shall be stable and effective in either a wet or dry environment immersion immediately before making any measurement for
and at temperatures up to 120 C [250 F]. The following length maintain the temperature at 23.0 6 0.5 C [73.4 6 1.0
cementing materials have been found satisfactory: F] (Note 4). When measuring for length, remove the speci- Epoxy ResinEpoxy resins for this purpose shall mens from water one at a time, wipe with a damp cloth, and
cure at room temperatures and not soften upon exposure to immediately measure for length using the comparator specified
water immersion. Holes shall be free of loose particles and in 5.1. Make length measurements at 7-day intervals and
visually dry to ensure good bond. continue conditioning until the change in length over a 7-day Portland-Cement PasteUse a thick paste of Type period is less than 0.001 %. Use the length measurement that
III Portland cement. Moisten each hole with about 5 mL of determines that this criterion is met as the basis for calculating
water, cement the studs in place after the water has been length change occurring during the air or water storage period.
absorbed, and moist-cure the paste for approximately 24 h.
NOTE 4Specimens used for length change measurements during Other Cementing MediaSulfur and Rose metal freeze thaw resistance testing as described in Test Method C 666/C 666M
have also proven satisfactory. should follow the conditioning of that method.
8.3.2 Studs Cemented to SurfaceAn epoxy resin system
that cures at room temperature and does not soften at a 11. Storage of Specimens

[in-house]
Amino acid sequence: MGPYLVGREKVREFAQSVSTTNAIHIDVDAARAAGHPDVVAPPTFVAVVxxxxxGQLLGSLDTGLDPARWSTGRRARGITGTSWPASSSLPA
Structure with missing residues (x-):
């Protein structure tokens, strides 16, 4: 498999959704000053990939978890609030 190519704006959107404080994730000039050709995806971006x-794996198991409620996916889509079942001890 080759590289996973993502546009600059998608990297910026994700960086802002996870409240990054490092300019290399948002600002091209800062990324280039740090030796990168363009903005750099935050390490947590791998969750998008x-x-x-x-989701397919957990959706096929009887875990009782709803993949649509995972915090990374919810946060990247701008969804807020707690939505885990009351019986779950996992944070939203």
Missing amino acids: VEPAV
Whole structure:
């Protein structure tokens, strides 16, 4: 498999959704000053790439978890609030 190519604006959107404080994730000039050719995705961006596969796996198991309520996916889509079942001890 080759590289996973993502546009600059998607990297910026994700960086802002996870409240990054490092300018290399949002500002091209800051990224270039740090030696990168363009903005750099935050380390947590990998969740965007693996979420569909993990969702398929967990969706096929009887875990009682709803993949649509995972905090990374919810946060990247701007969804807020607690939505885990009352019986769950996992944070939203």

temperature of 120 C [250 F] or soften upon exposure to 11.1 After measurement at the end of the conditioning
water immersion is the most satisfactory material for cement- period, store the specimens as described in either 11.2 or 11.3,
ing studs to the surface of a specimen. To ensure good bond, it unless another condition of storage is specified.
is essential that the surface be clean. Acid etching followed by 11.2 Water StorageImmerse specimens in lime-saturated
flushing with water and drying is a satisfactory preparation of water at 23 6 2 C [73.5 6 3.5 F]. Take observations of the
the surface for bonding. The locations of the studs on the length of each specimen after 1, 2, 4, 8, 16, 32, and 64 weeks
specimen are the same as those prescribed for drilled holes in unless otherwise specified. Make these observations immedi-
8.2.1 and 8.2.2. The exposed end surface of each stud having ately after the specimens have been subjected to storage in
a plane end surface shall be parallel to the surface of the water at 23.0 6 0.5 C [73.4 6 1.0 F] for a period of at least
specimen. 1 h. When measuring for length, remove the specimens from
8.4 Dry-Setting MethodDrive the gauge studs to the depth water one at a time, wipe with a damp cloth, and immediately
specified in 8.2.1 or 8.2.2, as appropriate, into holes that are measure for length using the comparator specified in 5.1.
approximately 0.1 mm [0.005 in.] smaller in diameter than the 11.3 Air StorageStore the specimens in circulating air
gauge studs, being careful not to deform the exposed ends of maintained at a temperature of 23 6 2 C [73.5 6 3.5 F] and
the gauge studs during the driving operation. a relative humidity of 50 6 4 % unless some other condition of
8.5 Reference Points on Gauge StudsOn each gauge stud storage is specified. See 5.3 for reference to a suitable drying
located on the side of a specimen, establish a reference point by room. The air movement past all specimens shall be such that
drilling a hole approximately 1 mm in diameter (see Note 3) in the rate of evaporation is 77 6 30 mL/24 h from the atmometer